Uploaded by mhague1


Hague 1
Name: Marco Hague
Title of paper: Water Poverty and Gender Politics in the Harare, Zimbabwe
1. What is the claim of your paper?
Current gender norms in Harare, Zimbabwe cause women to be disproportionately affected by
the already-rampant problem of water poverty by creating an unfair gendered division of labor
negatively affecting women’s health and wellbeing and robbing women of opportunities to
advocate for themselves. True change on this issue cannot come from legislation from alone but
also from a shift in cultural attitudes towards gender and an end to negative stereotypes of
2. What is your paper’s greatest strength?
Lots of detail/analysis.
3. What is your paper’s greatest weakness?
I still feel as if it lacks my own voice in sections.
4. How did you revise your paper from the rough draft that you submitted?
I mainly worked to include more in depth and thoughtful analysis that reflects my own
impression of the content.
5. IF you would like comments on your paper, please indicate one issue you would like
me to address.
Please critique my use of the “They Say, I Say” technique for conversing with sources. I
want to improve this analytical skill for writing in the future.
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Marco Hague
Dr. Fehskens
TSEM 190
November 14, 2020
Water Poverty and Gender Politics in the Harare, Zimbabwe
This is not the paper I intended to write. As I first browsed the Cook library website for
sources, my research was focused on an entirely different issue, water profiteering, in an entirely
different part of the globe, Pakistan. I was originally intrigued by the protagonist’s rise to power
in the Pakistan water industry in the novel, How to Get Filthy Rich in Rising Asia, and had
decided to pursue a paper investigating how the dire need for clean water in the country is
exploited by private companies for profit. This topic seemed unlikely to be successful from the
beginning, however, as the library search did not return many scholarly sources specific to the
issue I was looking for and often resulted in with many outlier articles that one would expect to
encounter after including the word “water” in a database search. One of these articles in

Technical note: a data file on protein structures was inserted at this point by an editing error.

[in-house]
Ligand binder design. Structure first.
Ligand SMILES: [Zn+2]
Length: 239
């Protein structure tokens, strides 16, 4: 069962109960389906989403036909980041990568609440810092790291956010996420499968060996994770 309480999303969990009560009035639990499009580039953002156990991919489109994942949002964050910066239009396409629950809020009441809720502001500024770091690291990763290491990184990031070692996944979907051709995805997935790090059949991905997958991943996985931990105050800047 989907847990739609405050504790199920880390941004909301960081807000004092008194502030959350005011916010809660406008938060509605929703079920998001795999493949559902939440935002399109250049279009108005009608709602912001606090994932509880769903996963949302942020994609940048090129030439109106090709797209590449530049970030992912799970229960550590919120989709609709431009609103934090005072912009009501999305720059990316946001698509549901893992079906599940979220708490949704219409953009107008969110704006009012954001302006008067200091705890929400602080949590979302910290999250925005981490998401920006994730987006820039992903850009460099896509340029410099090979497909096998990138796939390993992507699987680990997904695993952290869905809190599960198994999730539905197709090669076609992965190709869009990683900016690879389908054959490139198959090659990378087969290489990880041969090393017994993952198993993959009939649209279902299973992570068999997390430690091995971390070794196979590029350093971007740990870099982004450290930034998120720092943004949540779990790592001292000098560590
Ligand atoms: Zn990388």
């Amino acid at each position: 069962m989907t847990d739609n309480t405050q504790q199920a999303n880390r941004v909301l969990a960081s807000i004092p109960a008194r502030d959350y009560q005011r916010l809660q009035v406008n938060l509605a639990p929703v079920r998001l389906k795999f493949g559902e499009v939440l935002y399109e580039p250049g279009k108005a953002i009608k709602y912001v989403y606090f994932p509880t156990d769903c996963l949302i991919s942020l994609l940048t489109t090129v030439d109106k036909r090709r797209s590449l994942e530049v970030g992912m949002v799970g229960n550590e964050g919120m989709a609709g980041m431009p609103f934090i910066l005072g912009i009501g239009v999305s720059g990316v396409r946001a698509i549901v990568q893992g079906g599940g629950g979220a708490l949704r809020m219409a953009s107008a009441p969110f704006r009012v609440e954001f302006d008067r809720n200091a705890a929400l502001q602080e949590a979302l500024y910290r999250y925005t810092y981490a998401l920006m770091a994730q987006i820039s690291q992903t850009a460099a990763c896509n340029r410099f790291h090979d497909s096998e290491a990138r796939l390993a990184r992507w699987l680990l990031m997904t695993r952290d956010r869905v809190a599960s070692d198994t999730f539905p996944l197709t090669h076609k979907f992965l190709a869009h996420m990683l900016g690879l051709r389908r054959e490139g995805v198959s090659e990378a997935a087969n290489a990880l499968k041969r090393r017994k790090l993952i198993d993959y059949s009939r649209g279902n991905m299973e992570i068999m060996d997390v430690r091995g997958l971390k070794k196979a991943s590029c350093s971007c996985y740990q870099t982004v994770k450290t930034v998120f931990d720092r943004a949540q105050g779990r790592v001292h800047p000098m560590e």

particular, The Gender Dimensions of Water Poverty: Exploring Water Shortages in Chitungwiza
by Tazviona Richman Gambe, a lecturer at Great Zimbabwe University, caught my eye because
it proposed a perspective on the effects of water shortages that I had never fully considered
before. After reading the abstract of the article, I decided to change the focus of my paper,
finding a fascination in exploring the question; “What are the effects of water poverty on women
and gender politics in Zimbabwe?” Questions such as this, I believe, are not asked enough in the
United States. In a country with such a high degree of water accessibility, it is easy for us to
ignorantly view water poverty1 and feminism as separate issues and not recognize how they
People may be water poor because clean water is unavailable, not available in sufficient quantities, difficult to
access, or too expensive for households to afford
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intersect in countries such as Zimbabwe, where there is profound water scarcity and arguably
harsher gender norms. An American may conceive water poverty to be the stereotypical plight of
African countries and recognize that many African countries exist as patriarchal societies where
women lack adequate representation and voice, all the while ignoring or overlooking what
Gambe describes as a “nexus between water poverty and gender” (9) that must be broken to
secure women’s rights and wellbeing. Water poverty and gender do not exist in a vacuum and
men and women are not affected equally by the issue of water poverty, as one might assume if
viewing the water and gender as strictly separate issues. Rather, the effects of water poverty on
women are exacerbated by an unfair distribution of labor and lack of representation placed on
them by gender norms in Zimbabwe. In light of this, my purpose in this paper is to raise
conversation and awareness in the U.S. concerning water and gender issues in Harare, Zimbabwe
and the surrounding areas. By exploring the causes, effects and solutions to the interconnected
problems of gender disparity and water shortage, I seek to facilitate empathy, understanding and
critical examination of the issues for those who, like myself, had not previously considered their
Water poverty in the Harare area begins in Zimbabwe’s colonial past and is affected by
social conditions and laws today. In the book, Water is Life, Hellum describes how inequities in
water allocation in Zimbabwe were originally created by colonial water laws. While Zimbabwe
was a British colony, Africans were forced from their lands “into the water scarce and less fertile
areas” (Hellum et al 10) so that commercial agriculture projects could move in. Colonial laws